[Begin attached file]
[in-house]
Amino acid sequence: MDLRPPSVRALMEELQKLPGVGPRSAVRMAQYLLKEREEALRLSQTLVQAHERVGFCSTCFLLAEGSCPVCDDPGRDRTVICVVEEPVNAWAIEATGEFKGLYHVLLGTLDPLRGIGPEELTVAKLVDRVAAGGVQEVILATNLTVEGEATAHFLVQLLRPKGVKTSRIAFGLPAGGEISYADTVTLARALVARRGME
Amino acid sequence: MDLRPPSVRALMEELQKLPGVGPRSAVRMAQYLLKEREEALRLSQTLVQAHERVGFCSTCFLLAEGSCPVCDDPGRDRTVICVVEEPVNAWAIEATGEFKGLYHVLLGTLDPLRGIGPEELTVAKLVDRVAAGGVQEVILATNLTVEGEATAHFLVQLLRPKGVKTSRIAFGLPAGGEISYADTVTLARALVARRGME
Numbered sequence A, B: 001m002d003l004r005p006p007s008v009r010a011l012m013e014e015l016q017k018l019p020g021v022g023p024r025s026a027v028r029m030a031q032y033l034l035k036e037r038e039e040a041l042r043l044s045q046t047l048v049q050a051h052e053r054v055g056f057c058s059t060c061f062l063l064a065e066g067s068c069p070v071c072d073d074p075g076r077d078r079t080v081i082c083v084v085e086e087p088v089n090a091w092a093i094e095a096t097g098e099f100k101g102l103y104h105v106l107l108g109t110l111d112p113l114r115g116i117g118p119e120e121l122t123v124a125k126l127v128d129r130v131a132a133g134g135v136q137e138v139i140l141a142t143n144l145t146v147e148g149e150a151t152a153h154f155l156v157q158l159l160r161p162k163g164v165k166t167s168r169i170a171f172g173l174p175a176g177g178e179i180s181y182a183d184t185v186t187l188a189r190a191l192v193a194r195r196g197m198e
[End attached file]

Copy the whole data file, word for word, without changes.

[in-house]
Amino acid sequence: MDLRPPSVRALMEELQKLPGVGPRSAVRMAQYLLKEREEALRLSQTLVQAHERVGFCSTCFLLAEGSCPVCDDPGRDRTVICVVEEPVNAWAIEATGEFKGLYHVLLGTLDPLRGIGPEELTVAKLVDRVAAGGVQEVILATNLTVEGEATAHFLVQLLRPKGVKTSRIAFGLPAGGEISYADTVTLARALVARRGME
Amino acid sequence: MDLRPPSVRALMEELQKLPGVGPRSAVRMAQYLLKEREEALRLSQTLVQAHERVGFCSTCFLLAEGSCPVCDDPGRDRTVICVVEEPVNAWAIEATGEFKGLYHVLLGTLDPLRGIGPEELTVAKLVDRVAAGGVQEVILATNLTVEGEATAHFLVQLLRPKGVKTSRIAFGLPAGGEISYADTVTLARALVARRGME
Numbered sequence A, B: 001m002d003l004r005p006p007s008v009r010a011l012m013e014e015l016q017k018l019p020g021v022g023p024r025s026a027v028r029m030a031q032y033l034l035k036e037r038e039e040a041l042r043l044s045q046t047l048v049q050a051h052e053r054v055g056f057c058s059t060c061f062l063l064a065e066g067s068c069p070v071c072d073d074p075g076r077d078r079t080v081i082c083v084v085e086e087p088v089n090a091w092a093i094e095a096t097g098e099f100k101g102l103y104h105v106l107l108g109t110l111d112p113l114r115g116i117g118p119e120e121l122t123v124a125k126l127v128d129r130v131a132a133g134g135v136q137e138v139i140l141a142t143n144l145t146v147e148g149e150a151t152a153h154f155l156v157q158l159l160r161p162k163g164v165k166t167s168r169i170a171f172g173l174p175a176g177g178e179i180s181y182a183d184t185v186t187l188a189r190a191l192v193a194r195r196g197m198e